United Nations A/hrc/19/68



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United Nations

A/HRC/19/68




Advance Unedited Version

Distr.: General

2 March 2012


Original: English
Human Rights Council

Nineteenth session

Agenda item 4



Human rights situation that require the Council’s attention

Report of the International Commission of Inquiry on Libya* ** ***


Summary

In emergency session, the Human Rights Council on 25 February 2011 established the International Commission of Inquiry on Libya and gave it the mandate “to investigate all alleged violations of international human rights law in Libya, to establish the facts and circumstances of such violations and of the crimes perpetrated and, where possible, to identify those responsible, to make recommendations, in particular, on accountability measures, all with a view to ensuring that those individuals responsible are held accountable”.

The Commission conducted its investigations applying the international legal regimes dictated by the situation. It concluded that international crimes, specifically crimes against humanity and war crimes, were committed by Qadhafi forces in Libya. Acts of murder, enforced disappearance, and torture were perpetrated within the context of a widespread or systematic attack against a civilian population. The Commission found additional violations including unlawful killing, individual acts of torture and ill-treatment, attacks on civilians, and rape.

The Commission further concluded that the thuwar (anti-Qadhafi forces) committed serious violations, including war crimes and breaches of international human rights law, the latter continuing at the time of the present report. The Commission found these violations to include unlawful killing, arbitrary arrest, torture, enforced disappearance, indiscriminate attacks, and pillage. It found in particular that the thuwar are targeting the Tawergha and other communities.

The Commission concluded that North Atlantic Treaty Organization (NATO) conducted a highly precise campaign with a demonstrable determination to avoid civilian casualties. On limited occasions, the Commission confirmed civilian casualties and found targets that showed no evidence of military utility. The Commission was unable to draw conclusions in such instances on the basis of the information provided by NATO and recommends further investigations.

The interim Government faces many challenges in overcoming a legacy of more than 40 years of serious human rights violations and deterioration of the legislative framework, judicial and national institutions. It has nevertheless expressed a commitment to human rights and has taken positive steps to establish mechanisms for accountability. The government is gradually restoring the judiciary by reopening courts and recalling judges, and there has been some progress in the transfer of detainees to central government control.

The Commission is nevertheless concerned by the failure to hold accountable thuwar committing serious violations. Libyan authorities can break with the Qadhafi legacy by enforcing the law equally, investigating all abuses - irrespective of the perpetrator - and ensuring that amnesty processes comport with Libya’s obligations under international law.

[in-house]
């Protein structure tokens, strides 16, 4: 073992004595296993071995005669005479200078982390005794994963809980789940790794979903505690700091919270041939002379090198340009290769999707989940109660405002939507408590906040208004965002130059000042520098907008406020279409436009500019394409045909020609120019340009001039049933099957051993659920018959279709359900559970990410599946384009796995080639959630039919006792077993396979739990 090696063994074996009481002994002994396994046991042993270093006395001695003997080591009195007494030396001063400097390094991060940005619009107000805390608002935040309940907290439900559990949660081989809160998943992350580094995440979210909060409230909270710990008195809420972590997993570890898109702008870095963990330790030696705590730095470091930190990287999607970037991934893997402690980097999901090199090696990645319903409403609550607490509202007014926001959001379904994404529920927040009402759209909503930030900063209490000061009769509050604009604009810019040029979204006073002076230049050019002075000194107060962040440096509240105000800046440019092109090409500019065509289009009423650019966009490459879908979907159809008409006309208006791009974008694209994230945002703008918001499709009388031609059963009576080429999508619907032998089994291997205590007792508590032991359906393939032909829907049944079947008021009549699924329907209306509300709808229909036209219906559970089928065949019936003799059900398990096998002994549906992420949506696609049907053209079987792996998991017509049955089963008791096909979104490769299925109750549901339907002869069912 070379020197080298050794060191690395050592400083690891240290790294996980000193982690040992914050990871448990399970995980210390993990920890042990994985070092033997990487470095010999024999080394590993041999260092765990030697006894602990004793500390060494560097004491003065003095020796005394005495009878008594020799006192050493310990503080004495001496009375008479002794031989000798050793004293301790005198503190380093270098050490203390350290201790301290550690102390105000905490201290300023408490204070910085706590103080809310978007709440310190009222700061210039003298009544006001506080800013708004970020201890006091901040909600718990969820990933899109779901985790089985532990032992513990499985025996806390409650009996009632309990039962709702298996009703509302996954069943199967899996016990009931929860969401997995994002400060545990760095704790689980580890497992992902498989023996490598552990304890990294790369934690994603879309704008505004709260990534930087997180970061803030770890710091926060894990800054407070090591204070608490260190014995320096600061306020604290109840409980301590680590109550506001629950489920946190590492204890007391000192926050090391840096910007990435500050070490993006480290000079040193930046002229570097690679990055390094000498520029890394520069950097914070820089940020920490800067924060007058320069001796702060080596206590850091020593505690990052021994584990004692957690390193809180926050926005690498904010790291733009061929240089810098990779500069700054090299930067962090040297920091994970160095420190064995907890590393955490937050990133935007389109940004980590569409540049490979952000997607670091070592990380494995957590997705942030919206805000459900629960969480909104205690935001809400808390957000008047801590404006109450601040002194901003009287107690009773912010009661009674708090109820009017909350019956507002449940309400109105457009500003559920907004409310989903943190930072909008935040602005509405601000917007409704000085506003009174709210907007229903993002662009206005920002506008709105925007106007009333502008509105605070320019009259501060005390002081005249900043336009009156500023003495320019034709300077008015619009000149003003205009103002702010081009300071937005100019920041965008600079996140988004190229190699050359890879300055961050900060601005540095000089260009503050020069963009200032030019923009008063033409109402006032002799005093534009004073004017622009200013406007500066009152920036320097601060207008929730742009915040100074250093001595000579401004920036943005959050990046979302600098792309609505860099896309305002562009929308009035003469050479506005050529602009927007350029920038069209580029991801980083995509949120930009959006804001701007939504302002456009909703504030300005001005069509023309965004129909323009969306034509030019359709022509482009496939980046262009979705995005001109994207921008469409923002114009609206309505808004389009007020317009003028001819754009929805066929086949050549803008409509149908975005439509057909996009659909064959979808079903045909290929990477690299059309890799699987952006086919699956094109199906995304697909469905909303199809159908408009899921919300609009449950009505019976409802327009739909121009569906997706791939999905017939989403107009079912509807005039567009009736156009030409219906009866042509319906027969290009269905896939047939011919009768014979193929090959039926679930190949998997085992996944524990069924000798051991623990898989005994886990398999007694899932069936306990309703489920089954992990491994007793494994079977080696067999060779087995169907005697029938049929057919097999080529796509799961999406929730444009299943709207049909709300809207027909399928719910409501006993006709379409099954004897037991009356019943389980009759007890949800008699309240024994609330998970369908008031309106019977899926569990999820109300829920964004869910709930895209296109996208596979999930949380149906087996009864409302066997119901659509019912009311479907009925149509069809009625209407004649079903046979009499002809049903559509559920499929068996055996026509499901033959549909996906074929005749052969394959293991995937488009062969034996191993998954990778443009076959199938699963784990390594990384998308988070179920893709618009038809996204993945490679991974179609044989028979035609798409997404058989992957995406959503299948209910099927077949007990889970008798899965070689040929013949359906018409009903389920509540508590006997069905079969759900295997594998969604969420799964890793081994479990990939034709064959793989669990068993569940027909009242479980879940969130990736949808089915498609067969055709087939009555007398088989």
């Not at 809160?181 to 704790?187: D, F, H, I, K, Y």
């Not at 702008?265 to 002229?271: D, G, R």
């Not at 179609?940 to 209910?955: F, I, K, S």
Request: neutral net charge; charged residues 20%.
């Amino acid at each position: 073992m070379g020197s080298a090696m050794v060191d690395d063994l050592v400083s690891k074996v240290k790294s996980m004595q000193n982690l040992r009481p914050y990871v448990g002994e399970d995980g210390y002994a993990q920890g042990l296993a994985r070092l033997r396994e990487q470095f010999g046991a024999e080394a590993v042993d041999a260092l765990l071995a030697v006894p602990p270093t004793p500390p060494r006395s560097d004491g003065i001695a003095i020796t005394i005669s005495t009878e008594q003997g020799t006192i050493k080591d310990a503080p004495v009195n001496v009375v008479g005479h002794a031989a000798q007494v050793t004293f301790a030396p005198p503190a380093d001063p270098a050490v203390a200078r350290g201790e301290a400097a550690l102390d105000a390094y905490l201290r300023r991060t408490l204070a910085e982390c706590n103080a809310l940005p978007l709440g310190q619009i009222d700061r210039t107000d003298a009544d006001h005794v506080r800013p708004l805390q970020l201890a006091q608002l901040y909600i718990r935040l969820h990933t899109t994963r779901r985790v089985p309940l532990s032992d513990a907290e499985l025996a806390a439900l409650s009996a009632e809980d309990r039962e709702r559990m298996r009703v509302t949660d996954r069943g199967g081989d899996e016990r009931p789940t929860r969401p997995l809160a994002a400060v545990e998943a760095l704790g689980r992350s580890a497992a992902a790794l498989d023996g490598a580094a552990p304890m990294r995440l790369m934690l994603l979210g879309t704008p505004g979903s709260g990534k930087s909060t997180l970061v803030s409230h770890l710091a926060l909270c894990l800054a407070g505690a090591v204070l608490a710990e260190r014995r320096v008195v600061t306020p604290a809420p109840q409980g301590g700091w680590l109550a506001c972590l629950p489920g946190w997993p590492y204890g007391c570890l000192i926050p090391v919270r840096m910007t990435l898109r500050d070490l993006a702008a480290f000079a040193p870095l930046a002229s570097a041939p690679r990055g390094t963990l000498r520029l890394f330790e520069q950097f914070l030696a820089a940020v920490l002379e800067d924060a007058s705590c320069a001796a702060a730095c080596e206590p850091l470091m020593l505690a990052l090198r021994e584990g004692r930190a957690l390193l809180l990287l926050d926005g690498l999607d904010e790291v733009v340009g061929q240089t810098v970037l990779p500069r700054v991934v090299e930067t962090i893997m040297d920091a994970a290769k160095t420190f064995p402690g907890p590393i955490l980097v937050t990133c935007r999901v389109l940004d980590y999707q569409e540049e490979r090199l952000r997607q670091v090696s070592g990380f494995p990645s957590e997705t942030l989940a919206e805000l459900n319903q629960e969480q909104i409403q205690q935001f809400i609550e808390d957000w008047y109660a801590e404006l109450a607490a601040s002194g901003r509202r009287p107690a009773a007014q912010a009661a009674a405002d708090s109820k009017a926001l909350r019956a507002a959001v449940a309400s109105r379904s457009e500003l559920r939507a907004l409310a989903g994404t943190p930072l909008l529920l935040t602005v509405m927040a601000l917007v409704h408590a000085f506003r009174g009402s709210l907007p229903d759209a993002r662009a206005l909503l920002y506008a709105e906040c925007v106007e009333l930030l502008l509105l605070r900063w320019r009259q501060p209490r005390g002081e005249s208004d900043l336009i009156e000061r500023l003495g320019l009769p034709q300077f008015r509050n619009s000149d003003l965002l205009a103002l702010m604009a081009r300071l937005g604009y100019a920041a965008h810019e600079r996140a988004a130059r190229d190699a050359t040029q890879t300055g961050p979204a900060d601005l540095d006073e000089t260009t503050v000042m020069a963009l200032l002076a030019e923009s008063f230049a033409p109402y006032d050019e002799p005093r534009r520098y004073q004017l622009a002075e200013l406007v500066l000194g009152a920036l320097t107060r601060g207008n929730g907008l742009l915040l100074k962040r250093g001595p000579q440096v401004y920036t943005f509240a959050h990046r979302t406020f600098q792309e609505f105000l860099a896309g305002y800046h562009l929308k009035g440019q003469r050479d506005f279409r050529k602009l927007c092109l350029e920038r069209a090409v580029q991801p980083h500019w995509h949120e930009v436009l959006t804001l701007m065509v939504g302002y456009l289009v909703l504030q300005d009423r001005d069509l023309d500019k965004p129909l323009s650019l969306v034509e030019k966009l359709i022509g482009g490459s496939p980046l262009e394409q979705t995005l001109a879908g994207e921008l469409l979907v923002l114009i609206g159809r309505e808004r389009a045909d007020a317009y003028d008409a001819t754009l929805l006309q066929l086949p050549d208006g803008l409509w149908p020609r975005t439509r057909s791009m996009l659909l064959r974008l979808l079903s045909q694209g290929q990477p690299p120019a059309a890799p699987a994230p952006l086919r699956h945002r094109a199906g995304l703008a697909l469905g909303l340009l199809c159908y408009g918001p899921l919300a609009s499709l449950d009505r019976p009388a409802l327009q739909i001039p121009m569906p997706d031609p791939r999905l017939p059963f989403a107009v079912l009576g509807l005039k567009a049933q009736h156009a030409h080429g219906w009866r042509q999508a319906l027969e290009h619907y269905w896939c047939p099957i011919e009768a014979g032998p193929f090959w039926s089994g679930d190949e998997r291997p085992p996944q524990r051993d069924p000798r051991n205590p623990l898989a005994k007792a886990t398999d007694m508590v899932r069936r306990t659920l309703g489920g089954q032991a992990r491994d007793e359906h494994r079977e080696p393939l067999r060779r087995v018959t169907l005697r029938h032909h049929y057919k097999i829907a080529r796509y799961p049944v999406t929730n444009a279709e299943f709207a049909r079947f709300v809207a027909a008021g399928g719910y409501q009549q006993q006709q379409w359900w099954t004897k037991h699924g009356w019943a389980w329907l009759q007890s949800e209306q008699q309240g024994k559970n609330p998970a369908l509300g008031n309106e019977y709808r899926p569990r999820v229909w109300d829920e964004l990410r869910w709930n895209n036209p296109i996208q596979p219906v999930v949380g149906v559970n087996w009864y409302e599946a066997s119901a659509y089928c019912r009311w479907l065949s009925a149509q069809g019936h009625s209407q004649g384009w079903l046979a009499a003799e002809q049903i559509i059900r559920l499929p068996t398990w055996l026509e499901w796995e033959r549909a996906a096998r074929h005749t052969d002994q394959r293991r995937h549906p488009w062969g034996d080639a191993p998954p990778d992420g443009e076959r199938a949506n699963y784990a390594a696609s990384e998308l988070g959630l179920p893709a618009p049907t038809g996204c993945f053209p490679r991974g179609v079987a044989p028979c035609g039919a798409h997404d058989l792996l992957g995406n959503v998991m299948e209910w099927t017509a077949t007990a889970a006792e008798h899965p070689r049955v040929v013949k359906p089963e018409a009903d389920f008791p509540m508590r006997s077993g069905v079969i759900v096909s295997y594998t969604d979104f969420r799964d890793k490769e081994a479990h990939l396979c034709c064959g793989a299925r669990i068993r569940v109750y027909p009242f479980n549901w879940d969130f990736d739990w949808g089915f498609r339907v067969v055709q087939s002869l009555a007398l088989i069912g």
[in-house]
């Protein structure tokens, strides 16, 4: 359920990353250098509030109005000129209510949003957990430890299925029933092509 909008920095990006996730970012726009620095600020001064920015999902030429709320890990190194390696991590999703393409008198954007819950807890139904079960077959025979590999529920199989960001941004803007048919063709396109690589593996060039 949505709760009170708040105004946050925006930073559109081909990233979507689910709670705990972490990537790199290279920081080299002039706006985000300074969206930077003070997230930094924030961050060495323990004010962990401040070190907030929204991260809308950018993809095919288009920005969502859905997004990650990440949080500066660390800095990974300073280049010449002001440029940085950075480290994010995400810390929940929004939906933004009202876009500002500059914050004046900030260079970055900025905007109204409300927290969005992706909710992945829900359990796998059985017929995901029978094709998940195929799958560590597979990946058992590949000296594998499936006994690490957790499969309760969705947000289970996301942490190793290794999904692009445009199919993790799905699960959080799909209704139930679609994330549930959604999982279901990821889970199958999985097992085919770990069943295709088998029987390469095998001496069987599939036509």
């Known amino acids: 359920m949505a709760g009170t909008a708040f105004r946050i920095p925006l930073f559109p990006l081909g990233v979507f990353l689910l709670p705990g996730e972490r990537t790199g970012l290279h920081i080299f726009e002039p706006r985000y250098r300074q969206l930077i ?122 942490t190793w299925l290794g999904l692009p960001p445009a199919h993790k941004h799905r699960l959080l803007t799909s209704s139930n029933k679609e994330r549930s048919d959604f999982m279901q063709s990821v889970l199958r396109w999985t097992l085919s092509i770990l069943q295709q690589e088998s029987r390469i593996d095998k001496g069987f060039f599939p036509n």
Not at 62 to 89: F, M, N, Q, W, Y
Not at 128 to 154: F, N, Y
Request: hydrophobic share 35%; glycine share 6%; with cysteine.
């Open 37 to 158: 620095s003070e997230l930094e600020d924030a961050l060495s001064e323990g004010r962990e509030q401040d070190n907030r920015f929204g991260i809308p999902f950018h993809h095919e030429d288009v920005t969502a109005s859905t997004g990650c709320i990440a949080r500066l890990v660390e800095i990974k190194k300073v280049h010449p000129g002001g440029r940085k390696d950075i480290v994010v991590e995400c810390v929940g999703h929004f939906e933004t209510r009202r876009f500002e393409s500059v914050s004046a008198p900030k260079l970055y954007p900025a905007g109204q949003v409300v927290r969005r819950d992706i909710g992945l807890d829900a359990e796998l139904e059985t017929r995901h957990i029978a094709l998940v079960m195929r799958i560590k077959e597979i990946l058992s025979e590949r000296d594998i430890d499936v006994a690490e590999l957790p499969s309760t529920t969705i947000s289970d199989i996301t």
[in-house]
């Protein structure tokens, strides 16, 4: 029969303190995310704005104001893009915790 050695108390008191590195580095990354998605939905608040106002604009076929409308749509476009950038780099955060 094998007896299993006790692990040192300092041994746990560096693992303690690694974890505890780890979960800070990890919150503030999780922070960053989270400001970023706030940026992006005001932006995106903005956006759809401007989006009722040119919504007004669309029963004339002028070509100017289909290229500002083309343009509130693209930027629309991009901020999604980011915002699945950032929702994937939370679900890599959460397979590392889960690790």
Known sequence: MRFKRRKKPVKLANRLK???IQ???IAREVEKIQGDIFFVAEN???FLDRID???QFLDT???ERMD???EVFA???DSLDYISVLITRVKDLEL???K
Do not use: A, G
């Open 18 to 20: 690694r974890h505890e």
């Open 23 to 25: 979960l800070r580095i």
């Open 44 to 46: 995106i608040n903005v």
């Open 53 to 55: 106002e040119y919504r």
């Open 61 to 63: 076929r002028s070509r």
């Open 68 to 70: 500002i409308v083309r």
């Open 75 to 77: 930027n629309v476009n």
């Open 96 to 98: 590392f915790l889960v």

To give effect to its commitment to improve the human rights situation in Libya, the interim Government will need considerable support from the United Nations and the international community.





Contents

Paragraphs Page

I. Introduction 1-9 5

II. Background 10-14 6

III. The Commission’s findings 15–94 7

A. Excessive use of force 15–22 7

(1) Introduction 15 7

(2) Qadhafi forces 16-21 7

(3) Conclusions 22 7

B. Unlawful killing 23–37 8

(1) Introduction 23 8

(2) Qadhafi Forces 24-29 8

(3) Thuwar 30-31 9

(4) The death of Muammar and Mutassim Qadhafi 32-34 9

(5) Conclusions 35-37 9

C. Arbitrary detentions and enforced disappearances 38–43 10

(1) Introduction 38 10

(2) Qadhafi Forces 39-40 10

(3) Thuwar 41 10

(4) Conclusions 42-43 10

D. Torture and other forms of ill-treatment 44-53 11

(1) Introduction 44 11

(2) Qadhafi Forces 45-48 11

(3) Thuwar 49-51 11

(4) Conclusions 52-53 12

E. Targeted communities 54–64 12

(1) Introduction 54 12

(2) Qadhafi Forces 55 12

(3) Thuwar 56-58 12

(4) Tawergha 59 13

(4) Targeting of other communities 60-62 13

(5) Conclusions 63-64 13

F. Sexual violence 65–70 14

(1) Introduction 65 14

(2) Qadhafi Forces 66-68 14

(3) Thuwar 69 14

(4) Conclusions 70 14

G. Attacks on civilians, civilian objects, protected persons and objects 71–82 15

(1) Introduction 71 15

(2) Qadhafi Forces 72-78 15

(3) Thuwar 79 16

(4) Conclusions 80-82 16

H. North Atlantic Treaty Organization 83–94 17

(1) Introduction 83 17

(2) Findings 84-88 17

(3) Conclusions 89 17

I. Prohibited weapons 90 18

J. Mercenaries 91 18

K. Child soldiers 92 18

L. Pillaging 93-94 19

IV. Accountability 95-100 19

(1) Introduction 95-96 19

(2) Applicable Law 97-100 19

(3) Current Situation in Libya 101-109 20

(4) Conclusions 110-115 20

V. Assessment and Findings 116–50 21

(1) Introduction 116-117 21

(2) Qadhafi Forces 118-119 21

(3) Thuwar 120-121 22

(4) NATO 122 22

(5) Current situation in Libya 123-126 22

VI. Recommendations 127-135 22

Annexes


  1. Full Report of the International Commission of Inquiry on Libya

  2. Correspondence from NATO

  3. Map of Libya

  4. UNOSAT imagery analysis

  5. Glossary of weapons used in Libya



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